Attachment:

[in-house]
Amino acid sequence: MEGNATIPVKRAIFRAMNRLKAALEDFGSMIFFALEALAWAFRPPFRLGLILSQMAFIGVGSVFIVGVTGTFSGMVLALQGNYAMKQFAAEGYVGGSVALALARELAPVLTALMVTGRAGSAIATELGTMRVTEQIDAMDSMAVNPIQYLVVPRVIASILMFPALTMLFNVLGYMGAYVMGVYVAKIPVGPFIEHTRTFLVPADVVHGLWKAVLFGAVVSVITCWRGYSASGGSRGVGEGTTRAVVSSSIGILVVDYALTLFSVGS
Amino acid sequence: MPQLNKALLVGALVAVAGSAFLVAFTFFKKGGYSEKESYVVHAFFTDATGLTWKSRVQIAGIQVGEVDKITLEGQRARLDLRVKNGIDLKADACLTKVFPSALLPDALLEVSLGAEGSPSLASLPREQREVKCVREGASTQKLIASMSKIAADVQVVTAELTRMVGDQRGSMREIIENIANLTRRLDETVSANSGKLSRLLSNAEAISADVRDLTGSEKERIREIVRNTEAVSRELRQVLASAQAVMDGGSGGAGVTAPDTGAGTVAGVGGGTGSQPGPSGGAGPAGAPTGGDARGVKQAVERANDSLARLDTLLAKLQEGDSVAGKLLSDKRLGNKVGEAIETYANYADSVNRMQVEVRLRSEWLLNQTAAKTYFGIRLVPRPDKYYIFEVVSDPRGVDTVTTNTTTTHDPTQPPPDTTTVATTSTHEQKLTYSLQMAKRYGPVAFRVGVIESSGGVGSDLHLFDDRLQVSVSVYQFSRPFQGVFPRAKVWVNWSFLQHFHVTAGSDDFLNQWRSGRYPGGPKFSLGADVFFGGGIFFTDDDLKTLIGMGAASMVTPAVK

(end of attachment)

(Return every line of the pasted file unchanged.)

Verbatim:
[in-house]
Amino acid sequence: MEGNATIPVKRAIFRAMNRLKAALEDFGSMIFFALEALAWAFRPPFRLGLILSQMAFIGVGSVFIVGVTGTFSGMVLALQGNYAMKQFAAEGYVGGSVALALARELAPVLTALMVTGRAGSAIATELGTMRVTEQIDAMDSMAVNPIQYLVVPRVIASILMFPALTMLFNVLGYMGAYVMGVYVAKIPVGPFIEHTRTFLVPADVVHGLWKAVLFGAVVSVITCWRGYSASGGSRGVGEGTTRAVVSSSIGILVVDYALTLFSVGS
Amino acid sequence: MPQLNKALLVGALVAVAGSAFLVAFTFFKKGGYSEKESYVVHAFFTDATGLTWKSRVQIAGIQVGEVDKITLEGQRARLDLRVKNGIDLKADACLTKVFPSALLPDALLEVSLGAEGSPSLASLPREQREVKCVREGASTQKLIASMSKIAADVQVVTAELTRMVGDQRGSMREIIENIANLTRRLDETVSANSGKLSRLLSNAEAISADVRDLTGSEKERIREIVRNTEAVSRELRQVLASAQAVMDGGSGGAGVTAPDTGAGTVAGVGGGTGSQPGPSGGAGPAGAPTGGDARGVKQAVERANDSLARLDTLLAKLQEGDSVAGKLLSDKRLGNKVGEAIETYANYADSVNRMQVEVRLRSEWLLNQTAAKTYFGIRLVPRPDKYYIFEVVSDPRGVDTVTTNTTTTHDPTQPPPDTTTVATTSTHEQKLTYSLQMAKRYGPVAFRVGVIESSGGVGSDLHLFDDRLQVSVSVYQFSRPFQGVFPRAKVWVNWSFLQHFHVTAGSDDFLNQWRSGRYPGGPKFSLGADVFFGGGIFFTDDDLKTLIGMGAASMVTPAVK